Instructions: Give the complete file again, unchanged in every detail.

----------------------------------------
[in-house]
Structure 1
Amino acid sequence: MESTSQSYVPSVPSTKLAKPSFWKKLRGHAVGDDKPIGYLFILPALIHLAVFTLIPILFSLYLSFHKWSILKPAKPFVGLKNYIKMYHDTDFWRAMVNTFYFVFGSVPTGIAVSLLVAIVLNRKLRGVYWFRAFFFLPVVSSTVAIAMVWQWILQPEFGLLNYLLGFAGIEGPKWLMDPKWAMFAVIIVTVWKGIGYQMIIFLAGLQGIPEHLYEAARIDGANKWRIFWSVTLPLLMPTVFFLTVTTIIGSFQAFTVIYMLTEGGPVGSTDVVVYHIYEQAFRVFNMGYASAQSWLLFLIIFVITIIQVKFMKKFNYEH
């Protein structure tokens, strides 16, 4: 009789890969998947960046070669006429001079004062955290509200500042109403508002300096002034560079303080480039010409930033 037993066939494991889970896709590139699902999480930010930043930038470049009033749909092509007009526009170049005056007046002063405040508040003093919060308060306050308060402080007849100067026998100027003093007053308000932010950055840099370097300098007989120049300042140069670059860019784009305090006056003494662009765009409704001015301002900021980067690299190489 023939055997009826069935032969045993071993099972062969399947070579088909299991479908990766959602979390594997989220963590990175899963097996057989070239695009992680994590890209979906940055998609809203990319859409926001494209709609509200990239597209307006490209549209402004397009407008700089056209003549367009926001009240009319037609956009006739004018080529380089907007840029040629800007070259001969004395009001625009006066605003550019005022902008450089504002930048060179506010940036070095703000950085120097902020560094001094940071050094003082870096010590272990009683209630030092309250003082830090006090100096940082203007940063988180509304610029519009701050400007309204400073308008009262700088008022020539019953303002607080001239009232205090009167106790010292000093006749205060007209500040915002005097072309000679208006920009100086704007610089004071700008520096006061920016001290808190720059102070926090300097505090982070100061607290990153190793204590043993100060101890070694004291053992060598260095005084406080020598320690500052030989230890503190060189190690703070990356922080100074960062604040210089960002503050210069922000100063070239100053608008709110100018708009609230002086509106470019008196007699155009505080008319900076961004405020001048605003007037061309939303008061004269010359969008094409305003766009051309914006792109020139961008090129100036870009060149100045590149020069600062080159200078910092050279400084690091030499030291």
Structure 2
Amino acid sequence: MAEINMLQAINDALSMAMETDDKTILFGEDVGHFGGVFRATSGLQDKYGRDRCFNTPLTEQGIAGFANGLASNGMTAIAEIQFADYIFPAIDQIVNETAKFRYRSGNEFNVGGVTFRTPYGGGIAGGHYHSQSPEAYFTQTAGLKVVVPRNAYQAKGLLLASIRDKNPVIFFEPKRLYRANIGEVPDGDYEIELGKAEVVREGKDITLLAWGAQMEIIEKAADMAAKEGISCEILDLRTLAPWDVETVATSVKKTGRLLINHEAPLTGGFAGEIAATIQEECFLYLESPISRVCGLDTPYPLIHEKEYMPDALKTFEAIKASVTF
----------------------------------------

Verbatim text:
[in-house]
Structure 1
Amino acid sequence: MESTSQSYVPSVPSTKLAKPSFWKKLRGHAVGDDKPIGYLFILPALIHLAVFTLIPILFSLYLSFHKWSILKPAKPFVGLKNYIKMYHDTDFWRAMVNTFYFVFGSVPTGIAVSLLVAIVLNRKLRGVYWFRAFFFLPVVSSTVAIAMVWQWILQPEFGLLNYLLGFAGIEGPKWLMDPKWAMFAVIIVTVWKGIGYQMIIFLAGLQGIPEHLYEAARIDGANKWRIFWSVTLPLLMPTVFFLTVTTIIGSFQAFTVIYMLTEGGPVGSTDVVVYHIYEQAFRVFNMGYASAQSWLLFLIIFVITIIQVKFMKKFNYEH
């Protein structure tokens, strides 16, 4: 009789890969998947960046070669006429001079004062955290509200500042109403508002300096002034560079303080480039010409930033 037993066939494991889970896709590139699902999480930010930043930038470049009033749909092509007009526009170049005056007046002063405040508040003093919060308060306050308060402080007849100067026998100027003093007053308000932010950055840099370097300098007989120049300042140069670059860019784009305090006056003494662009765009409704001015301002900021980067690299190489 023939055997009826069935032969045993071993099972062969399947070579088909299991479908990766959602979390594997989220963590990175899963097996057989070239695009992680994590890209979906940055998609809203990319859409926001494209709609509200990239597209307006490209549209402004397009407008700089056209003549367009926001009240009319037609956009006739004018080529380089907007840029040629800007070259001969004395009001625009006066605003550019005022902008450089504002930048060179506010940036070095703000950085120097902020560094001094940071050094003082870096010590272990009683209630030092309250003082830090006090100096940082203007940063988180509304610029519009701050400007309204400073308008009262700088008022020539019953303002607080001239009232205090009167106790010292000093006749205060007209500040915002005097072309000679208006920009100086704007610089004071700008520096006061920016001290808190720059102070926090300097505090982070100061607290990153190793204590043993100060101890070694004291053992060598260095005084406080020598320690500052030989230890503190060189190690703070990356922080100074960062604040210089960002503050210069922000100063070239100053608008709110100018708009609230002086509106470019008196007699155009505080008319900076961004405020001048605003007037061309939303008061004269010359969008094409305003766009051309914006792109020139961008090129100036870009060149100045590149020069600062080159200078910092050279400084690091030499030291």
Structure 2
Amino acid sequence: MAEINMLQAINDALSMAMETDDKTILFGEDVGHFGGVFRATSGLQDKYGRDRCFNTPLTEQGIAGFANGLASNGMTAIAEIQFADYIFPAIDQIVNETAKFRYRSGNEFNVGGVTFRTPYGGGIAGGHYHSQSPEAYFTQTAGLKVVVPRNAYQAKGLLLASIRDKNPVIFFEPKRLYRANIGEVPDGDYEIELGKAEVVREGKDITLLAWGAQMEIIEKAADMAAKEGISCEILDLRTLAPWDVETVATSVKKTGRLLINHEAPLTGGFAGEIAATIQEECFLYLESPISRVCGLDTPYPLIHEKEYMPDALKTFEAIKASVTF